The challenge was to have 88 different pianists simultaneously play an acoustic piano. This would be a world record that could never be broken (pianos have 88 notes*). How was it done?
Twenty or so people can position themselves close enough to a piano’s keyboard to be able to play it, but 88? The only way to get this number of people around a piano is to position them several yards away, and then use some kind of finger extenders!
The project, aptly titled 88 Pianists, was created by Professor Julian Allwood at the University of Cambridge Department of Engineering. And it was solved by inviting 2,500 primary school children aged between 7 and 10 to design 88 different mechanical fingers. 35 primary schools from across the UK were involved.
Pupils spent the last 12 months coming up with ideas. And these were subsequently built with the aid of various university engineering departments.
88 Mechanical Fingers
The mechanisms are quite amazing. They are all different, some up to seven meters long, and by necessity very thin. They include flying rabbits, giraffes, ballerinas and much more. Each “finger” has a name. These include, “The Mechanical See Saw Beanstalk“, “Banana Gun“, “Magnificent Mermaid Mechanism“, “The Bike Wacker“, “The Triple Wrecking Ball“, and there are 83 more here.
There is one additional mechanism “The Tubalicious Invention“. This remotely activate the sustain pedal by means of hydraulics and a set of blue ping-pong balls.
To break the world record, which previously stood at 30, the 88 pianists took part in a special concert at the opening of the General Assembly of the International Academy of Production Engineering (CIRP) at the ICC Birmingham on August 19th, 2019.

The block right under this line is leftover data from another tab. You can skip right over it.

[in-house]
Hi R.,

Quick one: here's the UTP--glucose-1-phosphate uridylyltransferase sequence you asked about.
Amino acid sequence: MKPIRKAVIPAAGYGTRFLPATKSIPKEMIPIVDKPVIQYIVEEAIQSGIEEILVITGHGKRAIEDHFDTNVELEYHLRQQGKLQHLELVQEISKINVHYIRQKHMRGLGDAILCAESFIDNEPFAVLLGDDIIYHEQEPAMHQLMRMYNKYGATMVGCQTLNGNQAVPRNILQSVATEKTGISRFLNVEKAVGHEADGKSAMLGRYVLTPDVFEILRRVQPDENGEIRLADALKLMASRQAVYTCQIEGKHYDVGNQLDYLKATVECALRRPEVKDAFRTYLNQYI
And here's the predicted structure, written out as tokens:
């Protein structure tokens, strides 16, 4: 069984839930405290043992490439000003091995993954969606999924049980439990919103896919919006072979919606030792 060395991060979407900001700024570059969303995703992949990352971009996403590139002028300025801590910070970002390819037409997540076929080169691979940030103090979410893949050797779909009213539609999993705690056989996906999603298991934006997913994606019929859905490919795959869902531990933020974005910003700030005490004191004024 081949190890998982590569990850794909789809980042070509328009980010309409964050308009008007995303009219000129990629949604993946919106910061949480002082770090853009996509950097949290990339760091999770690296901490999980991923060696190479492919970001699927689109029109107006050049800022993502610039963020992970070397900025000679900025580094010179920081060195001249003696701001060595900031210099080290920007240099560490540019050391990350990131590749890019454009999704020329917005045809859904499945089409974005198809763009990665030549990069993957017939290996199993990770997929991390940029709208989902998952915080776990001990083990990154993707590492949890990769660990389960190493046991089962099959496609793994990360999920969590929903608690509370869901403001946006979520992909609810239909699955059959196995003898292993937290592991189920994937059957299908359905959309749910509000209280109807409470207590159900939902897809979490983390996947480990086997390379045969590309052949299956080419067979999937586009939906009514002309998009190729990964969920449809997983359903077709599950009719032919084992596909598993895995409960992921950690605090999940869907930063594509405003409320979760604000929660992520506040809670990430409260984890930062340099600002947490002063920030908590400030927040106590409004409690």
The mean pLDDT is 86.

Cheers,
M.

Celebrating Leonardo da Vinci’s 500th
The various mechanical fingers were attached to a Steinway Model D Grand Piano. The ensemble played a piece called “Leomortal” by composer and keyboardist Martin Riley in front of over 500 leading engineers.
The project had originally been conceived to commemorate the 500th anniversary of the passing of Leonardo da Vinci. It was
“This was a truly fantastic collaboration between engineering and music! The imagination of the children involved was astonishing and has to be seen to be believed. Royal Birmingham Conservatoire is so proud to have collaborated with ten UK Universities on this world record-breaking project which yet again proves music’s power to inspire children.”Professor Julian Lloyd Webber, Principal of the Royal Birmingham Conservatoire (part of Birmingham City University).
* don’t mention the Bösendorfer Imperial (97 notes), or the world’s first nine octave piano The Big Beleura (108 notes!)